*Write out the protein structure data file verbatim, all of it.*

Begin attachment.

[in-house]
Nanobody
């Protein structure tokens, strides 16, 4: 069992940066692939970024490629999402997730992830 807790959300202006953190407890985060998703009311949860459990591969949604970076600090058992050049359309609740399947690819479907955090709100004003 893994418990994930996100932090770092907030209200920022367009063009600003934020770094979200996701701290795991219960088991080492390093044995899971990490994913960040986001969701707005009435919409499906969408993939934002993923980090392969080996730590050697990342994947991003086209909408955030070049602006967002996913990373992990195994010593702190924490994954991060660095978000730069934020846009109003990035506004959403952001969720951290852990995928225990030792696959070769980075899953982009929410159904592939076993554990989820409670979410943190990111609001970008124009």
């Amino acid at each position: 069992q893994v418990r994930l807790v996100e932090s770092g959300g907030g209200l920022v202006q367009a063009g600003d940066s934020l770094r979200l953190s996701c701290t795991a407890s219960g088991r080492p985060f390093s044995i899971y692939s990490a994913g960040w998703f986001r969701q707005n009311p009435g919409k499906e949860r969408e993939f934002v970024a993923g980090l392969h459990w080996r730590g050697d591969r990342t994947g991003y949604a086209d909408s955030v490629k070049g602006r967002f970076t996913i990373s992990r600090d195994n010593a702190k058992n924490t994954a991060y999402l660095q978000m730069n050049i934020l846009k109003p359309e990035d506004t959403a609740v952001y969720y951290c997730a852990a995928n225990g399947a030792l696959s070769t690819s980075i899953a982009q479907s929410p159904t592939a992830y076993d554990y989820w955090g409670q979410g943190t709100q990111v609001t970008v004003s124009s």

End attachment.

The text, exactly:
[in-house]
Nanobody
């Protein structure tokens, strides 16, 4: 069992940066692939970024490629999402997730992830 807790959300202006953190407890985060998703009311949860459990591969949604970076600090058992050049359309609740399947690819479907955090709100004003 893994418990994930996100932090770092907030209200920022367009063009600003934020770094979200996701701290795991219960088991080492390093044995899971990490994913960040986001969701707005009435919409499906969408993939934002993923980090392969080996730590050697990342994947991003086209909408955030070049602006967002996913990373992990195994010593702190924490994954991060660095978000730069934020846009109003990035506004959403952001969720951290852990995928225990030792696959070769980075899953982009929410159904592939076993554990989820409670979410943190990111609001970008124009």
């Amino acid at each position: 069992q893994v418990r994930l807790v996100e932090s770092g959300g907030g209200l920022v202006q367009a063009g600003d940066s934020l770094r979200l953190s996701c701290t795991a407890s219960g088991r080492p985060f390093s044995i899971y692939s990490a994913g960040w998703f986001r969701q707005n009311p009435g919409k499906e949860r969408e993939f934002v970024a993923g980090l392969h459990w080996r730590g050697d591969r990342t994947g991003y949604a086209d909408s955030v490629k070049g602006r967002f970076t996913i990373s992990r600090d195994n010593a702190k058992n924490t994954a991060y999402l660095q978000m730069n050049i934020l846009k109003p359309e990035d506004t959403a609740v952001y969720y951290c997730a852990a995928n225990g399947a030792l696959s070769t690819s980075i899953a982009q479907s929410p159904t592939a992830y076993d554990y989820w955090g409670q979410g943190t709100q990111v609001t970008v004003s124009s």